The relatively small size of the pins, in addition to the small differences in length of the pins, make the process of selecting the pin lengths, arranging the pins in the selected sequence, and cutting a key to correspond to the selected pin lengths and sequence, a painstaking task. The placement of a pin that is even one size too short into one of the pin openings could result in a cylinder core that cannot be turned with the cut key. In such a situation, the cut key would be able to turn the cylinder core until the pins were aligned with the springs and bottom pins that prevent rotation of the cylinder core without the matching key. Once the pins in the cylinder were aligned with the springs and bottom pins, however, the key would not be able to turn the cylinder core to unlock the padlock, nor would it be able to turn the cylinder core to replace the short pin to match its corresponding key cut. Because of the high level of accuracy needed to ensure that the lengths and sequence of the pins match the depths and sequence of the cuts in the key, padlocks of this type are not typically sold directly to consumers. In addition, most consumers have to go to a hardware store or the like in order to use key cutting machines. Therefore, these types of padlocks are not sold to consumers until after a locksmith has keyed the lock and ensured that it is operational with the provided key.
What is needed is a simplified method and padlock that enables a consumer to key the padlock to a particular key that is already cut and that is selected by the user. For example, if a consumer purchases one or more padlocks, it is desirable that the consumer be able to key each of the padlocks to operate with a particular key, such as the consumer's house key. Thus, the consumer would not have to maintain separate and additional keys for each individual padlock.
The present invention provides a solution to these and other problems and offers other advantages over the prior art, as will be understood with reference to the summary, the detailed description and the drawings.
According to a preferred embodiment of the present invention, a rekeyable padlock is provided with a lock cylinder formed within. The lock cylinder includes a cylindrical core formed to receive a key and an outer casing formed around the core. A viewing opening is formed within the casing wall, the viewing opening allowing access to pin openings formed within the core to receive selected pins. The viewing opening is shaped such that it provides a viewing area larger than the pin openings, thereby allowing greater visibility when the pins are placed within the pin openings. The advantages of this viewing opening include greater ease in placing the pins into the pin openings and easier detection when a selected pin is the wrong length and does not sit flush within the lock cylinder core.
FIG. 1 is a view in vertical section of a padlock with a lock cylinder exploded therefrom according to the present invention.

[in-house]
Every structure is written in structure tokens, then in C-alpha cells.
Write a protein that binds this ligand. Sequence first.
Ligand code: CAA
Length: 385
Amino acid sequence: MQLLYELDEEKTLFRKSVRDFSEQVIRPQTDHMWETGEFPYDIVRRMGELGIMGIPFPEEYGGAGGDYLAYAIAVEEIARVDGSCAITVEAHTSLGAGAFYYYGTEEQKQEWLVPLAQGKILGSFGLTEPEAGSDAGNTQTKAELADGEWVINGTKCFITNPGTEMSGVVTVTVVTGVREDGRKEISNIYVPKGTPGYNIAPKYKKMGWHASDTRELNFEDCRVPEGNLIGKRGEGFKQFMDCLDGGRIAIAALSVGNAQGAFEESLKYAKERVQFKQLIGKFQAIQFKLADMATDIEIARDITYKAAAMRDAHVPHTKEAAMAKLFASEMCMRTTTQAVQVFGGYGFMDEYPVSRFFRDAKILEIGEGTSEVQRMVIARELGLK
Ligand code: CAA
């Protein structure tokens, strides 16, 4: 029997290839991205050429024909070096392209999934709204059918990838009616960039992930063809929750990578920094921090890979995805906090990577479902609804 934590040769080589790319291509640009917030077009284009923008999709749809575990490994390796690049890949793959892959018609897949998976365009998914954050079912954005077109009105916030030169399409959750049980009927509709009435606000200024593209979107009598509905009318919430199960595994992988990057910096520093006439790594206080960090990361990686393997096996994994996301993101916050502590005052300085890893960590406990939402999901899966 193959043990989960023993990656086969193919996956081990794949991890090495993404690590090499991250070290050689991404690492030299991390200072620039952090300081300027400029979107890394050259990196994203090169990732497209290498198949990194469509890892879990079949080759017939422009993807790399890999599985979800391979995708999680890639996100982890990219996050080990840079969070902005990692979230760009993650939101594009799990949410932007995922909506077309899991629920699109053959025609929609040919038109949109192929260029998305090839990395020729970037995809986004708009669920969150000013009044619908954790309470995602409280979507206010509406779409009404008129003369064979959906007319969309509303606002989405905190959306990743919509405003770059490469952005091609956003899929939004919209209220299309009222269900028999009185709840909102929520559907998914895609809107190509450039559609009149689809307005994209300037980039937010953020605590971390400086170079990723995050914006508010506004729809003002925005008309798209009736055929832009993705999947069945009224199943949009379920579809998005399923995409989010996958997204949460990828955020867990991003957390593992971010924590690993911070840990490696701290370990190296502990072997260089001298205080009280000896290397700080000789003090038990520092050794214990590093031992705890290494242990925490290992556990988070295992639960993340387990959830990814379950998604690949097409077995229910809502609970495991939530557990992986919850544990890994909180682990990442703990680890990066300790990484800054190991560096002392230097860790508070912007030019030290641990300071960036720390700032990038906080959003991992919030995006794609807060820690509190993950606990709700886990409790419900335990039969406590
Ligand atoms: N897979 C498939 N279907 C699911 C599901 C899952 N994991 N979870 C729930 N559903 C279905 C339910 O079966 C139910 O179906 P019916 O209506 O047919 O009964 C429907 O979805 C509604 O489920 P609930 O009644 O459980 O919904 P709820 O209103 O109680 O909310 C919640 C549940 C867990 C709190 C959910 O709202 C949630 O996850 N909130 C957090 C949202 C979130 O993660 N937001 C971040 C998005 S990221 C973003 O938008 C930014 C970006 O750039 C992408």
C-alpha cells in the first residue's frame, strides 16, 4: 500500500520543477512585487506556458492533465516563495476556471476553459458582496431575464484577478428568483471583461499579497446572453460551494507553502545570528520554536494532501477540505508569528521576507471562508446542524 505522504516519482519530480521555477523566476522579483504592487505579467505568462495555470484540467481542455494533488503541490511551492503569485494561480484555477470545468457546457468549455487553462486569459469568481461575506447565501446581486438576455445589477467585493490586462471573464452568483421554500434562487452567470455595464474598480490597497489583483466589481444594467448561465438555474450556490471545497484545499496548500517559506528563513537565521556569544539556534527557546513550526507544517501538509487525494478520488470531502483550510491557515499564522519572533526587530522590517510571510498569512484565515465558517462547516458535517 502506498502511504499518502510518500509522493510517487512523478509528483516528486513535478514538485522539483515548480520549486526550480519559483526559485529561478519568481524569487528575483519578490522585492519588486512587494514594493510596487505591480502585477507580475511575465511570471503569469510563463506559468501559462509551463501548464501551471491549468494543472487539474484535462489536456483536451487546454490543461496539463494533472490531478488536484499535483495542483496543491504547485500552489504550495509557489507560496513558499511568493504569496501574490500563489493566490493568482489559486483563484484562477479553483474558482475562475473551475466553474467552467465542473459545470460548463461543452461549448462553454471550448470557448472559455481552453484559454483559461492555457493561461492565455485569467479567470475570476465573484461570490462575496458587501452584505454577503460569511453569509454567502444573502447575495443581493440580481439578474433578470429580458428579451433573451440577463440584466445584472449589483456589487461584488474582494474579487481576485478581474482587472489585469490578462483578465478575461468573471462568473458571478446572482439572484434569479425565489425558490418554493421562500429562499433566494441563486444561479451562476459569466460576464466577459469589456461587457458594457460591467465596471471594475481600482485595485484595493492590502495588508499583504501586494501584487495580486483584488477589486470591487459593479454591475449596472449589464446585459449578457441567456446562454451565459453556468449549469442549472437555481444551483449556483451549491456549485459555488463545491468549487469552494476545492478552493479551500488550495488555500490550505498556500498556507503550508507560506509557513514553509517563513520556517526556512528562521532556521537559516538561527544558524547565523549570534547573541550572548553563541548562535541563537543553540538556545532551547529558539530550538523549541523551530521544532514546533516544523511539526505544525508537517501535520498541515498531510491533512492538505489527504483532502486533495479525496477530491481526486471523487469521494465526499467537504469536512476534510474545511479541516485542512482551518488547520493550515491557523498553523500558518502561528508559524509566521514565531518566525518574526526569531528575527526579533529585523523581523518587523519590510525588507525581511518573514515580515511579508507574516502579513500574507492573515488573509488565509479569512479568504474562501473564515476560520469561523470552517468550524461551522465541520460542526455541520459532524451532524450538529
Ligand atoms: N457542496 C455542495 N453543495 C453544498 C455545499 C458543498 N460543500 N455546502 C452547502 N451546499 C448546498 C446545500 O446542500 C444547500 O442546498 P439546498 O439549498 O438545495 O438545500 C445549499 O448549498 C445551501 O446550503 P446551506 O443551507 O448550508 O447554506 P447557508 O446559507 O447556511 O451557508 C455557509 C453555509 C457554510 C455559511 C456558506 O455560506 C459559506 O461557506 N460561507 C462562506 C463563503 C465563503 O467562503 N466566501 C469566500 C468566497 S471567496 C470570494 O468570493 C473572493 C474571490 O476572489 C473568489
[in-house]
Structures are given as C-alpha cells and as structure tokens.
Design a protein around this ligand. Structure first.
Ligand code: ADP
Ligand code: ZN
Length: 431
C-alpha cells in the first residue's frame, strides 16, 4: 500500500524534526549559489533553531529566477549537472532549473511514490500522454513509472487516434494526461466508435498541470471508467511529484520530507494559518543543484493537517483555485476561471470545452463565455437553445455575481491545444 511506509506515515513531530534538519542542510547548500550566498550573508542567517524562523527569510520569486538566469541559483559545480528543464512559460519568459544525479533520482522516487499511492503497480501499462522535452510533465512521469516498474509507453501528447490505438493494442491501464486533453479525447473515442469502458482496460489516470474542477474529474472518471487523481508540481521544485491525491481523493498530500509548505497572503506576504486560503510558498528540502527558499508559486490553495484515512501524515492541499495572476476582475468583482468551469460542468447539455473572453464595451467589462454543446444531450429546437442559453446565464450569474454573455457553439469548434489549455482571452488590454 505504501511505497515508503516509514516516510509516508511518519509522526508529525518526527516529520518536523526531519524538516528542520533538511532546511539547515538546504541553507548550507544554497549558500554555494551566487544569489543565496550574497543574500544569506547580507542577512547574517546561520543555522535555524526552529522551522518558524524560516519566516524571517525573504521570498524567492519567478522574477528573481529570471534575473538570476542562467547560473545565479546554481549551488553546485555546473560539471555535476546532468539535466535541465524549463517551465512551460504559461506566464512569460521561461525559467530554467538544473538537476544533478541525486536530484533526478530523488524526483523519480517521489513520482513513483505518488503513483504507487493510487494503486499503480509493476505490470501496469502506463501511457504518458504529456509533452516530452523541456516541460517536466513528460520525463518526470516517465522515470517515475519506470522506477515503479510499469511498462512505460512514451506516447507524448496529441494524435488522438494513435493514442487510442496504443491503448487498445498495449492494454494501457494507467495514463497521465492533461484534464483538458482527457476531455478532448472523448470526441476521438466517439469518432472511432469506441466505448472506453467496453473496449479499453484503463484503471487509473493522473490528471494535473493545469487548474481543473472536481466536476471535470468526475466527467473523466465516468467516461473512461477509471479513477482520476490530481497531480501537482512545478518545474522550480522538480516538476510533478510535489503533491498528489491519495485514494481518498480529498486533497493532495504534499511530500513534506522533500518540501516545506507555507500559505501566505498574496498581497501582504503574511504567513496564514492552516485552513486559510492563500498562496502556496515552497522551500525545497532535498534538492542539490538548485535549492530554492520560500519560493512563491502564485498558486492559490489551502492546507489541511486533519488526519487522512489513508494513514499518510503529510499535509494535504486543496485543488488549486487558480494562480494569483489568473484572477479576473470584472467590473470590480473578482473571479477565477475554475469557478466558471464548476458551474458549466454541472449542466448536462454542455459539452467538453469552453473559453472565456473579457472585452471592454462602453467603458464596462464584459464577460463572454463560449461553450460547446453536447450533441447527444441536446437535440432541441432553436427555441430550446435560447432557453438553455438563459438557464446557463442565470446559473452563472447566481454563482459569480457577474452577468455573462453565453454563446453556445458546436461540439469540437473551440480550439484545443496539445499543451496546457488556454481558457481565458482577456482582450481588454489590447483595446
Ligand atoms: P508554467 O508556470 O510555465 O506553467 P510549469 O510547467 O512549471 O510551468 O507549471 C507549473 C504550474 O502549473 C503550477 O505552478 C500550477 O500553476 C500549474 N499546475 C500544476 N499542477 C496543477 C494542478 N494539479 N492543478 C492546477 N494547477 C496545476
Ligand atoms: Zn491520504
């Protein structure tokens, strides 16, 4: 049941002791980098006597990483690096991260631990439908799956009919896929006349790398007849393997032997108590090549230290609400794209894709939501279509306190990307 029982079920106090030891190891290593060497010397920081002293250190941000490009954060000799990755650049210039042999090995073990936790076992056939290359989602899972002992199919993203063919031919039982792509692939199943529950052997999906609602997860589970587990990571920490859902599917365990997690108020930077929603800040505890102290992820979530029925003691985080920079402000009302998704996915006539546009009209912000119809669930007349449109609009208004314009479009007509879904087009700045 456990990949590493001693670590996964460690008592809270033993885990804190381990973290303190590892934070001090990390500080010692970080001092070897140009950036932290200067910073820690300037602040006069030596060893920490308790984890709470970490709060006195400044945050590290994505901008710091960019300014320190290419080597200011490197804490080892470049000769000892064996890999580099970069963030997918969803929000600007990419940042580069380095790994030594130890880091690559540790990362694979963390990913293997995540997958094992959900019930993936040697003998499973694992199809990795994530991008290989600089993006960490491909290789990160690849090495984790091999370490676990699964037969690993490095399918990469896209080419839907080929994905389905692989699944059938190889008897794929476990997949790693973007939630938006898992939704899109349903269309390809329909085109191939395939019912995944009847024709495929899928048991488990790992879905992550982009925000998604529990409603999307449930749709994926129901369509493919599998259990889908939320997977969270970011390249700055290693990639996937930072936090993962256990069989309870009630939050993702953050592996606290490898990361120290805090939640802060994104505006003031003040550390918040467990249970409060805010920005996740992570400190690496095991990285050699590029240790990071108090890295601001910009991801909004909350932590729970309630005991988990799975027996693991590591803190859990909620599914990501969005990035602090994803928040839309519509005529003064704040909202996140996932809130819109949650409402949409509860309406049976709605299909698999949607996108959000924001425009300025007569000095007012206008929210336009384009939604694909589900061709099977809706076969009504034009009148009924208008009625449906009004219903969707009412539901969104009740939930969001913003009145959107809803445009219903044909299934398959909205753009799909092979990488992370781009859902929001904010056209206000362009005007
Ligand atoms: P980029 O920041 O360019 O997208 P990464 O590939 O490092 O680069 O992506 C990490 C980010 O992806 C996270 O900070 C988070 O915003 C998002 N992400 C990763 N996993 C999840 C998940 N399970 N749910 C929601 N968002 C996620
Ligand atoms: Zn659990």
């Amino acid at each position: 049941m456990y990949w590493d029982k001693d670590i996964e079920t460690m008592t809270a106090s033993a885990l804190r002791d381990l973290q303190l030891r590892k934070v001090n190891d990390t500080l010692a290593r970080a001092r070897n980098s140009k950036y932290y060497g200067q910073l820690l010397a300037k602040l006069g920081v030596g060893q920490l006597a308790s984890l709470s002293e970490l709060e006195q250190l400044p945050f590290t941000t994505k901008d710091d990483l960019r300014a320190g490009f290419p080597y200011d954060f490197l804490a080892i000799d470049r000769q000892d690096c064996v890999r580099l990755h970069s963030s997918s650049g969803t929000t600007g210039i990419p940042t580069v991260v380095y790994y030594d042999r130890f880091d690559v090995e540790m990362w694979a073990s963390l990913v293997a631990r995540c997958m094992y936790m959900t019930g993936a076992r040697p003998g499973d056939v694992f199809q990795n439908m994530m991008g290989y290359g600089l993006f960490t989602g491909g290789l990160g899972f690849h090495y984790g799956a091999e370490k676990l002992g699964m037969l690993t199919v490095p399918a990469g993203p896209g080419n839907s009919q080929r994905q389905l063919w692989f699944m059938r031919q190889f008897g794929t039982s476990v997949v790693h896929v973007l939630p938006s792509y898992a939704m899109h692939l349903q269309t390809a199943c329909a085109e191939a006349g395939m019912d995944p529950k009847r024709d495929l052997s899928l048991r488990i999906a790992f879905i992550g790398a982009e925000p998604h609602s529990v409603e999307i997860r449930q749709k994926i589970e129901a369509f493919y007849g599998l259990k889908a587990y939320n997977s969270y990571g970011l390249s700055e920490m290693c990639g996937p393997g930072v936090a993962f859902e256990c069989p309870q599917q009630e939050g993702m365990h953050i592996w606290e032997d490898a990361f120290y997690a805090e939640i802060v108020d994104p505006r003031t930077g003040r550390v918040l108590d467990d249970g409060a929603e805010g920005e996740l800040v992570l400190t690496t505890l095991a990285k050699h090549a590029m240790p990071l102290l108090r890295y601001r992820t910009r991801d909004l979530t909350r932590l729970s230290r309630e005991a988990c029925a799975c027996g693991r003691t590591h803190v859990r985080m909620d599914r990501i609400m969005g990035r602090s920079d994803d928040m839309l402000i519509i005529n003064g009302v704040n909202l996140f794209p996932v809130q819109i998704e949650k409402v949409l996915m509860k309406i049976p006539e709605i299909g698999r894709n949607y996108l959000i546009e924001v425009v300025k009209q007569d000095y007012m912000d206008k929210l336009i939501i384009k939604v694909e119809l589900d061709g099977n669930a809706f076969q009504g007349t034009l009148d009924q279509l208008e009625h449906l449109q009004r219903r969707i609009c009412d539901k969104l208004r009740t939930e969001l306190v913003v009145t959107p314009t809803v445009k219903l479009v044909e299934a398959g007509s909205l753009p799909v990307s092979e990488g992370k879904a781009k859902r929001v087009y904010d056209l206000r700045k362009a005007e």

FIG. 2 is a top, side perspective view of the lock cylinder shown in a locked position.
FIG. 3 is a top, side perspective view of the lock cylinder in a rekeyable position shown with the viewing opening aligned with pin openings for receiving pins.
FIG. 4 is a top view of the lock cylinder in a rekeyable position shown with the viewing opening aligned with pin openings for receiving pins.
FIG. 5 is a side view in vertical section of the lock cylinder in a locked position taken generally longitudinally through the viewing opening.
FIG. 6 is a plan view of a key having selected cuts and a selected cut sequence.
FIG. 7 is a side view in vertical section of the lock cylinder in a locked position taken generally longitudinally through the viewing opening with key inserted.
FIG. 8 is a side view in vertical section of the lock cylinder in a rekeyable position taken generally longitudinally through the viewing opening, including a key and pins positioned within the lock cylinder.
FIG. 9 is a side view in vertical section of the lock cylinder in a rekeyable position taken generally longitudinally through the viewing opening, with a pin of incorrect length selected.
FIG. 10 a side view in vertical section of the lock cylinder in a locked position taken generally longitudinally through the viewing opening, with a key inserted and a pin of incorrect length selected.
Referring now to the several drawing figures in which identical elements are numbered identically throughout, a description of the preferred embodiments will now be provided. In providing such a description, specific methods and parts of the invention will be described. It will be appreciated that variants (some of which will be later described) of such specifics are intended to be included within the scope of the appended claims.
Referring to FIG. 1, a rekeyable padlock 10 is shown. The padlock shown has a padlock body 14 with generally the same configuration as the ones described in U.S. Pat. Nos. 5,363,678 and 5,377,511, previously incorporated by reference herein. A description of the padlock 10, shown in FIG. 1 follows. However, it will be apparent that a variety of configurations of the actual padlock body 14 can by used in accordance with the present invention.